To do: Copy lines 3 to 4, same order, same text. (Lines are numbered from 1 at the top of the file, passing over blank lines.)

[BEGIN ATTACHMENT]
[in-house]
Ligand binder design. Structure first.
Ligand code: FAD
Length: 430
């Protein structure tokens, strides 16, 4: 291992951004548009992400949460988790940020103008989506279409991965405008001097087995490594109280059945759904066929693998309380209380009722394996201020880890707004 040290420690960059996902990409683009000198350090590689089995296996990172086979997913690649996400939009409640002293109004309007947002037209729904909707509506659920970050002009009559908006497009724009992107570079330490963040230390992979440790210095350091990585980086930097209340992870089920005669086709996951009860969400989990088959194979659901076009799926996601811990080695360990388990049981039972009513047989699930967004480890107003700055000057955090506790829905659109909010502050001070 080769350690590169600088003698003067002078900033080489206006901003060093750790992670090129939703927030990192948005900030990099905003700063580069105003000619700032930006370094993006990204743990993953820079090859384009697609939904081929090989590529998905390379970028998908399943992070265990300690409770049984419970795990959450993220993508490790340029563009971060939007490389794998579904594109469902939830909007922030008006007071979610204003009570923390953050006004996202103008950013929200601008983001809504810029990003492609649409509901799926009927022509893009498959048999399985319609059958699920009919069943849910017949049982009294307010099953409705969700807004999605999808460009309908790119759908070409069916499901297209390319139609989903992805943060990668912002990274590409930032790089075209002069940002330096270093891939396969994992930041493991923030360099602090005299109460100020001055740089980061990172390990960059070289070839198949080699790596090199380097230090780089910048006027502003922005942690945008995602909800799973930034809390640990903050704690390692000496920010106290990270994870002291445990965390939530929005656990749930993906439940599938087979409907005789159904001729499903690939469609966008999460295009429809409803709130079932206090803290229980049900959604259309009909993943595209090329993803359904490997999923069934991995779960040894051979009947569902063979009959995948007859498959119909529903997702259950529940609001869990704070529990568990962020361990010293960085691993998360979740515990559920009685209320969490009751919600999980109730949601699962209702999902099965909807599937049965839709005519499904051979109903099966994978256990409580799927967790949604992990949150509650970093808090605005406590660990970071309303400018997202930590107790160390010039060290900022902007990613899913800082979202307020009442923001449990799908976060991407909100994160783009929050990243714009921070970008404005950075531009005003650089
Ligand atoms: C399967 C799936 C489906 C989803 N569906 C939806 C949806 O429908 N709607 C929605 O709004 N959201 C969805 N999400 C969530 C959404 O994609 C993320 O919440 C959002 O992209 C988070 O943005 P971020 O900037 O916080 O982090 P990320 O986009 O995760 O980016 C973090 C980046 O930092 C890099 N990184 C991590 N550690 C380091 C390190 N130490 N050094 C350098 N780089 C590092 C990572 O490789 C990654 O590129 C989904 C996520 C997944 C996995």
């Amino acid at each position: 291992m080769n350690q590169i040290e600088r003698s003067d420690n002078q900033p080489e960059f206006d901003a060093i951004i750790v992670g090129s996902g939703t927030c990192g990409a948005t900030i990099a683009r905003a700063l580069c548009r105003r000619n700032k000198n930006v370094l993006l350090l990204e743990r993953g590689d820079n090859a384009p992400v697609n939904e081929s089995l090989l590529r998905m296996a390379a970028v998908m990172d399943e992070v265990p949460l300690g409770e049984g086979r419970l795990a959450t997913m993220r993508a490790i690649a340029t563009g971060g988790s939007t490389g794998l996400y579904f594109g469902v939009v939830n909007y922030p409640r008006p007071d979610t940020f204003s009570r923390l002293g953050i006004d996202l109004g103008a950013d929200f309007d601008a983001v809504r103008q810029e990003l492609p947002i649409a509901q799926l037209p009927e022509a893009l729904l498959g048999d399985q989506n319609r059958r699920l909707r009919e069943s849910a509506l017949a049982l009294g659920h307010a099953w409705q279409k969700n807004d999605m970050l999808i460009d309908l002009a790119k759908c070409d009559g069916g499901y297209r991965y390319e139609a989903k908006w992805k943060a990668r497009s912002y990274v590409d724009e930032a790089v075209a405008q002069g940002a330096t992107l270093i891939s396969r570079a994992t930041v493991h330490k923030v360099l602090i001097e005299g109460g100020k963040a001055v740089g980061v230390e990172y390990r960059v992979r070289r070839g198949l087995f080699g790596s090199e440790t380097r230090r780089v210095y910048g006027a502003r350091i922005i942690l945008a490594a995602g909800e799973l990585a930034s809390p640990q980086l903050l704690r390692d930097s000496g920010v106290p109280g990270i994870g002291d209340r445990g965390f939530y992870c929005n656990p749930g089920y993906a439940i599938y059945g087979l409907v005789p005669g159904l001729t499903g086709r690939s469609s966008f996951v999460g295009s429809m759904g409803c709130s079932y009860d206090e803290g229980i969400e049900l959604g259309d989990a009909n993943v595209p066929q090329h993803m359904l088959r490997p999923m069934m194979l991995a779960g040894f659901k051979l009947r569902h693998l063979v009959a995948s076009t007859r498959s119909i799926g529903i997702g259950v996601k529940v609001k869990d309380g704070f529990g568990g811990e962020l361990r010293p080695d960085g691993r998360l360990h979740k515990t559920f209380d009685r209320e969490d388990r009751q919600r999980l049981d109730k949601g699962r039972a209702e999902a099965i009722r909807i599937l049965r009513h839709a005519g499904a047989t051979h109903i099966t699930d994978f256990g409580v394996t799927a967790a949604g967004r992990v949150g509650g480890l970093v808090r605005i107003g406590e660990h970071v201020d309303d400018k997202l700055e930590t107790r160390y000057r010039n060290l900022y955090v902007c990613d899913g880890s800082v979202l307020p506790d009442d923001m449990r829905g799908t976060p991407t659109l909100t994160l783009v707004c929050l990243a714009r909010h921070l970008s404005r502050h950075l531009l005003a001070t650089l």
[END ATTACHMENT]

Ligand code: FAD
Length: 430